Foreclosure in Arizona>Question Details

KNseller, Both Buyer and Seller in Laveen, AZ

What are the foreclosure laws in the state of Arizona?

Asked by KNseller, Laveen, AZ Fri Mar 7, 2008

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In AZ, the lender can’t seek a deficiency if it’s a single or two family home or duplex on 2.5 acres or less. This only applies if the decrease in value is not due to home owner's neglect.

AZ Statute:
33-814. Action to recover balance after sale or foreclosure on property under trust deed
A. Except as provided in subsections F and G of this section, within ninety days after the date of sale of trust property under a trust deed pursuant to section 33-807, an action may be maintained to recover a deficiency judgment against any person directly, indirectly or contingently liable on the contract for which the trust deed was given as security including any guarantor of or surety for the contract and any partner of a trustor or other obligor which is a partnership. In any such action against such a person, the deficiency judgment shall be for an amount equal to the sum of the total amount owed the beneficiary as of the date of the sale, as determined by the court less the fair market value of the trust property on the date of the sale as determined by the court or the sale price at the trustee's sale, whichever is higher. A written application for determination of the fair market value of the real property may be filed by a judgment debtor with the court in the action for a deficiency judgment or in any other action on the contract which has been maintained. Notice of the filing of an application and the hearing shall be given to all parties to the action. The fair market value shall be determined by the court at a priority hearing upon such evidence as the court may allow. The court shall issue an order crediting the amount due on the judgment with the greater of the sales price or the fair market value of the real property. "Fair market value" shall mean the most probable price, as of the date of the execution sale, in cash, or in terms equivalent to cash, or in other precisely revealed terms, after deduction of prior liens and encumbrances with interest to the date of sale, for which the real property or interest therein would sell after reasonable exposure in the market under conditions requisite to fair sale, with the buyer and seller each acting prudently, knowledgeably and for self-interest, and assuming that neither is under duress. Any deficiency judgment recovered shall include interest on the amount of the deficiency from the date of the sale at the rate provided in the deed of trust or in any of the contracts evidencing the debt, together with any costs and disbursements of the action.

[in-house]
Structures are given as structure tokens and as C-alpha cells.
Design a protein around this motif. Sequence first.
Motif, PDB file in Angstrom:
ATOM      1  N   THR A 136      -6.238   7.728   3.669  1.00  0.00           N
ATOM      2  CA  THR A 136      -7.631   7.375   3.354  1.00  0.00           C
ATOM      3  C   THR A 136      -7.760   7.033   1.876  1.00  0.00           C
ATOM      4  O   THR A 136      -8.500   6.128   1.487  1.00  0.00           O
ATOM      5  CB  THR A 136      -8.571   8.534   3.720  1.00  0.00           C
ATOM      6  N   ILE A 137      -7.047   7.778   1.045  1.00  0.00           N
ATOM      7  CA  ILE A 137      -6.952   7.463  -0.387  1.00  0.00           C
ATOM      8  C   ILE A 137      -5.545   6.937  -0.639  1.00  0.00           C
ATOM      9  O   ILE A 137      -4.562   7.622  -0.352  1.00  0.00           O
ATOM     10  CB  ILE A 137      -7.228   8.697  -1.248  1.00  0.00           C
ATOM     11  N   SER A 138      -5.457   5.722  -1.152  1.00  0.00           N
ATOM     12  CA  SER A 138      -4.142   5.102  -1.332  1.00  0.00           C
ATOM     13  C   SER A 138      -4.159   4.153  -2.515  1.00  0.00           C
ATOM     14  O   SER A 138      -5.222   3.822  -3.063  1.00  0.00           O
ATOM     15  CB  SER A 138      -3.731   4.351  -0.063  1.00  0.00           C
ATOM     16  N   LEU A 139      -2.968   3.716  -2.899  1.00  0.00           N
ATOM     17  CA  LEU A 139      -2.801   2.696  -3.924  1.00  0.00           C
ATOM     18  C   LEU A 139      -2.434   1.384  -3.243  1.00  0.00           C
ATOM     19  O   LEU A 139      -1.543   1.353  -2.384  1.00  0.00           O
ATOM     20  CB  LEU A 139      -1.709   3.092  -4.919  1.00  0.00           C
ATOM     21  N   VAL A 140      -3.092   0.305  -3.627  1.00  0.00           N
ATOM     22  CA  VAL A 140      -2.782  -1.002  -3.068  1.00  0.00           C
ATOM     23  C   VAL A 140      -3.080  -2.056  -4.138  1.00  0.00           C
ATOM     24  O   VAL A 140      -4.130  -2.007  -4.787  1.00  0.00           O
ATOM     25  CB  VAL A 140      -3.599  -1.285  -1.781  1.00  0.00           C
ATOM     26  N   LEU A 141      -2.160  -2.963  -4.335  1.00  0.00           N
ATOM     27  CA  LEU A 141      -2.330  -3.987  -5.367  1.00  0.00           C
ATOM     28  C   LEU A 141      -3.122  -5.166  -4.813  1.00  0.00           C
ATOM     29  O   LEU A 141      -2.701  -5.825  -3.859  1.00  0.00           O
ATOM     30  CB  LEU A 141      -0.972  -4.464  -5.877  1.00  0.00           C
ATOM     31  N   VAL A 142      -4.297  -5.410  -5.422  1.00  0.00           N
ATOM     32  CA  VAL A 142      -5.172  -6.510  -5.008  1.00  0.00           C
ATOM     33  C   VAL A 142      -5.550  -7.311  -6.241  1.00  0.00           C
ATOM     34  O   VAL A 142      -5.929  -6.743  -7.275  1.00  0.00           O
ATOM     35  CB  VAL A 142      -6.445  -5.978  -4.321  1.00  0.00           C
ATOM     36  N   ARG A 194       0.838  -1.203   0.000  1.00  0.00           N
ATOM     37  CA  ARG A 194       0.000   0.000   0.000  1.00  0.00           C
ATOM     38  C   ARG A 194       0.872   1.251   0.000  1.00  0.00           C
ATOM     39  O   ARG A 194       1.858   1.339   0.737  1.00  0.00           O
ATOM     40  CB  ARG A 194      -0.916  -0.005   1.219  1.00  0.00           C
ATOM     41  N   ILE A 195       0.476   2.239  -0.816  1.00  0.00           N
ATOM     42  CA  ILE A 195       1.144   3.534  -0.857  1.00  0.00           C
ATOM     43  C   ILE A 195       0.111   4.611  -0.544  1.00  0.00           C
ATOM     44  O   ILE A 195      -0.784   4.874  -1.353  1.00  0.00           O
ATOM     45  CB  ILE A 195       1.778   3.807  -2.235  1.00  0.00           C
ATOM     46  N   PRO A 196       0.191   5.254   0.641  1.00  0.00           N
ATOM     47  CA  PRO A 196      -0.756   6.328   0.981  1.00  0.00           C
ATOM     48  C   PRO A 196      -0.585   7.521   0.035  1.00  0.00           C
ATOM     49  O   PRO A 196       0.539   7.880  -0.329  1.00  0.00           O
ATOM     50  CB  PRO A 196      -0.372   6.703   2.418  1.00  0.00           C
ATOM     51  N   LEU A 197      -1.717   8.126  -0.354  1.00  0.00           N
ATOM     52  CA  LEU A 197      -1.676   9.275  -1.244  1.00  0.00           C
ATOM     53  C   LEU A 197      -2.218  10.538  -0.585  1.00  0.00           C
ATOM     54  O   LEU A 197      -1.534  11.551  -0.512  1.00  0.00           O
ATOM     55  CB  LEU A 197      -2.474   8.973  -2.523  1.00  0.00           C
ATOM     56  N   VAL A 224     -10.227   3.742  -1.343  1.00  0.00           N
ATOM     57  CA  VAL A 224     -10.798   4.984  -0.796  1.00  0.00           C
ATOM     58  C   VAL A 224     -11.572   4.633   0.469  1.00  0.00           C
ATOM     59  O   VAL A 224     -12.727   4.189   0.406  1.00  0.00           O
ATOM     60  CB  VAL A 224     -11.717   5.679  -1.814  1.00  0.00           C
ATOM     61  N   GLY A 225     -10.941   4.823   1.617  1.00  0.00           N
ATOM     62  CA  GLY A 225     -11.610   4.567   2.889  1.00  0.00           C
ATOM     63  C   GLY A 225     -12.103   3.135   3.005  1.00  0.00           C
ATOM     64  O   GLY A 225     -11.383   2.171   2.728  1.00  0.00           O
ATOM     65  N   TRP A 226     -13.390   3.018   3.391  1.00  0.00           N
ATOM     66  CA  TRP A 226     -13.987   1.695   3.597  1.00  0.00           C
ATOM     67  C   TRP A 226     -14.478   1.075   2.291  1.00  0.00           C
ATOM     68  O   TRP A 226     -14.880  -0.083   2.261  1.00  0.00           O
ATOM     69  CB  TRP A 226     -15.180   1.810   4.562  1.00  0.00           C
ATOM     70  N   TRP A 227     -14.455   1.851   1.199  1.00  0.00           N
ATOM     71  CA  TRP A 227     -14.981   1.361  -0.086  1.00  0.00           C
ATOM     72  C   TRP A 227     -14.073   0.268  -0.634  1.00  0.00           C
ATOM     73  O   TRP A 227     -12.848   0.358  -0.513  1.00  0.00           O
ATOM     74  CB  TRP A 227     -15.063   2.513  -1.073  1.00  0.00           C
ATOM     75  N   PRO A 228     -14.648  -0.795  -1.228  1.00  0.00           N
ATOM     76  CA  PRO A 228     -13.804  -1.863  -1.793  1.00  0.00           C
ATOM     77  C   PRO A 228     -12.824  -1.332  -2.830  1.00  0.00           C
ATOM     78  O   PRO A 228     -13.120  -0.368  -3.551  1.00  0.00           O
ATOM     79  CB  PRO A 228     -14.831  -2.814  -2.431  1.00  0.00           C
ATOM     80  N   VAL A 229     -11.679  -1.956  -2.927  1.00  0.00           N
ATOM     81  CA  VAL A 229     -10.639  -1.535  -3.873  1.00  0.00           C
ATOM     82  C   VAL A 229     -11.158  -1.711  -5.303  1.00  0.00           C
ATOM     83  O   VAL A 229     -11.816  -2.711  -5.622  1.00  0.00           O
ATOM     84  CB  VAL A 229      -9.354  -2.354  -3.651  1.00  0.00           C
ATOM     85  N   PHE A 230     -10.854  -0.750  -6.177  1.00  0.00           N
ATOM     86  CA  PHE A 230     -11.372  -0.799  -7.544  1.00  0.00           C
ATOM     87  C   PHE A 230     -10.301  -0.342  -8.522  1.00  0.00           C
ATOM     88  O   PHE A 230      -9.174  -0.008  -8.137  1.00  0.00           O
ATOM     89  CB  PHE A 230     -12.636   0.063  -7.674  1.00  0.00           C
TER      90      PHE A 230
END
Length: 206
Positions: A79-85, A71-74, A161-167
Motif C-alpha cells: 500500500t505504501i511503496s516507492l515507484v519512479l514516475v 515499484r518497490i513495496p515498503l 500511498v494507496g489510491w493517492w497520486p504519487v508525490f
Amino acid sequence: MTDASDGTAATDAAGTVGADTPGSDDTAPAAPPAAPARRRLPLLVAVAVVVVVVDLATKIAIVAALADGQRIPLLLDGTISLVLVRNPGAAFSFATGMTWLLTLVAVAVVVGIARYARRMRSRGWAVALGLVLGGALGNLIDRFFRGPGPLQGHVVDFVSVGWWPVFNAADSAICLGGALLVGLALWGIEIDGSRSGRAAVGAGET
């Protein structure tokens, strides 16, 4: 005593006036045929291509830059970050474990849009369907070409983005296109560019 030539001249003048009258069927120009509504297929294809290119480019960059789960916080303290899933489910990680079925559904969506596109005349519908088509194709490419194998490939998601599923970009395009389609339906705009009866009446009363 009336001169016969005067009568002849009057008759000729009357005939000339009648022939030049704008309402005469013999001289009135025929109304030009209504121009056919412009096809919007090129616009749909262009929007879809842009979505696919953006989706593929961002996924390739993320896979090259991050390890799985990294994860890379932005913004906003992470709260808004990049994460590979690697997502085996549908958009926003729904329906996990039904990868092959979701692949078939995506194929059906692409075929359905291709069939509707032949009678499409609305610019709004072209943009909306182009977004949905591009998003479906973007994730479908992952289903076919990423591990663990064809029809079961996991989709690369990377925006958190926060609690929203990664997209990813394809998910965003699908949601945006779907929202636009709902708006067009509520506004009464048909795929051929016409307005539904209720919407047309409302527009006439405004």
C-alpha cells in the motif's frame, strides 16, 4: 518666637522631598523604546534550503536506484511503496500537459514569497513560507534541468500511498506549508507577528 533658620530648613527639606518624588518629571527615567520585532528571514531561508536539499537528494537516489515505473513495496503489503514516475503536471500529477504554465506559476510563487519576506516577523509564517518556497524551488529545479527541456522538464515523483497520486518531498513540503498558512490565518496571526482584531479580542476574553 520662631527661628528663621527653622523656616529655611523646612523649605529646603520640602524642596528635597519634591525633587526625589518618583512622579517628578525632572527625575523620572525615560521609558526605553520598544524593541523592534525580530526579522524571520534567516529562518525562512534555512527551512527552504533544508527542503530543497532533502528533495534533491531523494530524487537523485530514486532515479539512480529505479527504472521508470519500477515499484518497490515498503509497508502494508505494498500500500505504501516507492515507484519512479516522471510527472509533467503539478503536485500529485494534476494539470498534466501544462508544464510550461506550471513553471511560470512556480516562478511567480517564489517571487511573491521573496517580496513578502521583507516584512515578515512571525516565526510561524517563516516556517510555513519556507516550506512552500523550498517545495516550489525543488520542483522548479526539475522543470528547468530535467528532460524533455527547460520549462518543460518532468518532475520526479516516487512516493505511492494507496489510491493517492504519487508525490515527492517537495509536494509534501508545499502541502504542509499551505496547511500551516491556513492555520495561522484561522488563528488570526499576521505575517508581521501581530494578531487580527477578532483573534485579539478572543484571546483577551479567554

B. If a trustee's sale is a sale of less than all of the trust property or is a sale pursuant to one of two or more trust deeds securing the same obligation, the ninety day time limitations of subsection A of this section shall begin on either the date of the trustee's sale of the last of the trust property to be sold or the date of sale under the last trust deed securing the obligation, whichever occurs last.
C. The obligation of a person who is not a trustor to pay, satisfy or purchase all or a part of the balance due on a contract secured by a trust deed may be enforced, if the person has so agreed, in an action regardless of whether a trustee's sale is held. If, however, a trustee's sale is held, the liability of a person who is not a trustor for the deficiency is determined pursuant to subsection A of this section and any judgment for the deficiency against the person shall be reduced in accordance with subsection A of this section. If any such action is commenced after a trustee's sale has been held, it is subject, in addition, to the ninety day time limitations of subsections A and B of this section.
D. If no action is maintained for a deficiency judgment within the time period prescribed in subsections A and B of this section, the proceeds of the sale, regardless of amount, shall be deemed to be in full satisfaction of the obligation and no right to recover a deficiency in any action shall exist.
E. Except as provided in subsection F of this section, the provisions of this chapter do not preclude a beneficiary from foreclosing a deed of trust in the same manner as a real property mortgage. In an action for the foreclosure of a deed of trust as a real property mortgage the provisions of chapter 6, article 2 of this title are applicable.
F. A deed of trust may, by express language, validly prohibit the recovery of any balance due after trust property is sold pursuant to the trustee's power of sale, or the trust deed is foreclosed in the manner provided by law for the foreclosure of mortgages on real property.
G. If trust property of two and one-half acres or less which is limited to and utilized for either a single one-family or a single two-family dwelling is sold pursuant to the trustee's power of sale, no action may be maintained to recover any difference between the amount obtained by sale and the amount of the indebtedness and any interest, costs and expenses.
0 votes Thank Flag Link Mon Mar 10, 2008
If a foreclosure is in process, will the lender make the owner repay the difference of the loan balance and the selling price? If not, are there any cases when that does occur?
0 votes Thank Flag Link Sun Mar 9, 2008
Here you go KN,
You should be able to find your answer in this section of my website. Let me know if you have a specific question…
0 votes Thank Flag Link Fri Mar 7, 2008
Mr.P, Other/Just Looking in Arizona
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